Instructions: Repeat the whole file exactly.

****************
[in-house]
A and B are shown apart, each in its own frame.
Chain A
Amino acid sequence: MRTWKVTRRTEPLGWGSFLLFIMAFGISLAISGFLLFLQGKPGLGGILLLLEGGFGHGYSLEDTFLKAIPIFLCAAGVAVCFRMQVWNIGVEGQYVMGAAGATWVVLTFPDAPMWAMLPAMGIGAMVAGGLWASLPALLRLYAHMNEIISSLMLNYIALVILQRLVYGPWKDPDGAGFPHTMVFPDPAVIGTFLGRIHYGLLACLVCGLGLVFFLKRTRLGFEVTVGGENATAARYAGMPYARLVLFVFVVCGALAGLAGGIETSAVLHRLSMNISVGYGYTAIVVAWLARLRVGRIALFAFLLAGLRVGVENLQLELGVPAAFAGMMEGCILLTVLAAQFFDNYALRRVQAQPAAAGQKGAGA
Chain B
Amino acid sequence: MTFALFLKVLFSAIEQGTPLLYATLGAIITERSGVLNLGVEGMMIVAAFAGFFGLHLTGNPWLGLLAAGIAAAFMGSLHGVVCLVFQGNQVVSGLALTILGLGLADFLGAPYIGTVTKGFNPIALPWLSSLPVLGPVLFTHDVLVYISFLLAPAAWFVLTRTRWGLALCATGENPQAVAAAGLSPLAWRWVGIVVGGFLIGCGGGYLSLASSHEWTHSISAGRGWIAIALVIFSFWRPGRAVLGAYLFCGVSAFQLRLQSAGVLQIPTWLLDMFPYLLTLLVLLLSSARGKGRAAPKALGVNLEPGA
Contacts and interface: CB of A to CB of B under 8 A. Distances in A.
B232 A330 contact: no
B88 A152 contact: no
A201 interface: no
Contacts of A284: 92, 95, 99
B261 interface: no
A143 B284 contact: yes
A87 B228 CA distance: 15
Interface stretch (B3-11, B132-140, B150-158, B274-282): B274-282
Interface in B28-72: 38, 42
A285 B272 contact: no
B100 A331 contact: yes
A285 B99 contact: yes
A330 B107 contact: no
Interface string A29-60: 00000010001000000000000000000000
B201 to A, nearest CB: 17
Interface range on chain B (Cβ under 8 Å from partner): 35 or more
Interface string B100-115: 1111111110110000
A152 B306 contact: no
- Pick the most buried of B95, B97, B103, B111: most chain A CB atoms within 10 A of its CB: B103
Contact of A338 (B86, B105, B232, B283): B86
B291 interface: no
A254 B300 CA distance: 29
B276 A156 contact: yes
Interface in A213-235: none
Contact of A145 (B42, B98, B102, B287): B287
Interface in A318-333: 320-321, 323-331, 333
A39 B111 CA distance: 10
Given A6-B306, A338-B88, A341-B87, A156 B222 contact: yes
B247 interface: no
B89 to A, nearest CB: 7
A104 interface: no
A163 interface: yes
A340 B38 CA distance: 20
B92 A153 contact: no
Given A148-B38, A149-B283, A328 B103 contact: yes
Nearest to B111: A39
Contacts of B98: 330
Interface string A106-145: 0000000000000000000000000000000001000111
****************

[in-house]
A and B are shown apart, each in its own frame.
Chain A
Amino acid sequence: MRTWKVTRRTEPLGWGSFLLFIMAFGISLAISGFLLFLQGKPGLGGILLLLEGGFGHGYSLEDTFLKAIPIFLCAAGVAVCFRMQVWNIGVEGQYVMGAAGATWVVLTFPDAPMWAMLPAMGIGAMVAGGLWASLPALLRLYAHMNEIISSLMLNYIALVILQRLVYGPWKDPDGAGFPHTMVFPDPAVIGTFLGRIHYGLLACLVCGLGLVFFLKRTRLGFEVTVGGENATAARYAGMPYARLVLFVFVVCGALAGLAGGIETSAVLHRLSMNISVGYGYTAIVVAWLARLRVGRIALFAFLLAGLRVGVENLQLELGVPAAFAGMMEGCILLTVLAAQFFDNYALRRVQAQPAAAGQKGAGA
Chain B
Amino acid sequence: MTFALFLKVLFSAIEQGTPLLYATLGAIITERSGVLNLGVEGMMIVAAFAGFFGLHLTGNPWLGLLAAGIAAAFMGSLHGVVCLVFQGNQVVSGLALTILGLGLADFLGAPYIGTVTKGFNPIALPWLSSLPVLGPVLFTHDVLVYISFLLAPAAWFVLTRTRWGLALCATGENPQAVAAAGLSPLAWRWVGIVVGGFLIGCGGGYLSLASSHEWTHSISAGRGWIAIALVIFSFWRPGRAVLGAYLFCGVSAFQLRLQSAGVLQIPTWLLDMFPYLLTLLVLLLSSARGKGRAAPKALGVNLEPGA
Contacts and interface: CB of A to CB of B under 8 A. Distances in A.
B232 A330 contact: no
B88 A152 contact: no
A201 interface: no
Contacts of A284: 92, 95, 99
B261 interface: no
A143 B284 contact: yes
A87 B228 CA distance: 15
Interface stretch (B3-11, B132-140, B150-158, B274-282): B274-282
Interface in B28-72: 38, 42
A285 B272 contact: no
B100 A331 contact: yes
A285 B99 contact: yes
A330 B107 contact: no
Interface string A29-60: 00000010001000000000000000000000
B201 to A, nearest CB: 17
Interface range on chain B (Cβ under 8 Å from partner): 35 or more
Interface string B100-115: 1111111110110000
A152 B306 contact: no
- Pick the most buried of B95, B97, B103, B111: most chain A CB atoms within 10 A of its CB: B103
Contact of A338 (B86, B105, B232, B283): B86
B291 interface: no
A254 B300 CA distance: 29
B276 A156 contact: yes
Interface in A213-235: none
Contact of A145 (B42, B98, B102, B287): B287
Interface in A318-333: 320-321, 323-331, 333
A39 B111 CA distance: 10
Given A6-B306, A338-B88, A341-B87, A156 B222 contact: yes
B247 interface: no
B89 to A, nearest CB: 7
A104 interface: no
A163 interface: yes
A340 B38 CA distance: 20
B92 A153 contact: no
Given A148-B38, A149-B283, A328 B103 contact: yes
Nearest to B111: A39
Contacts of B98: 330
Interface string A106-145: 0000000000000000000000000000000001000111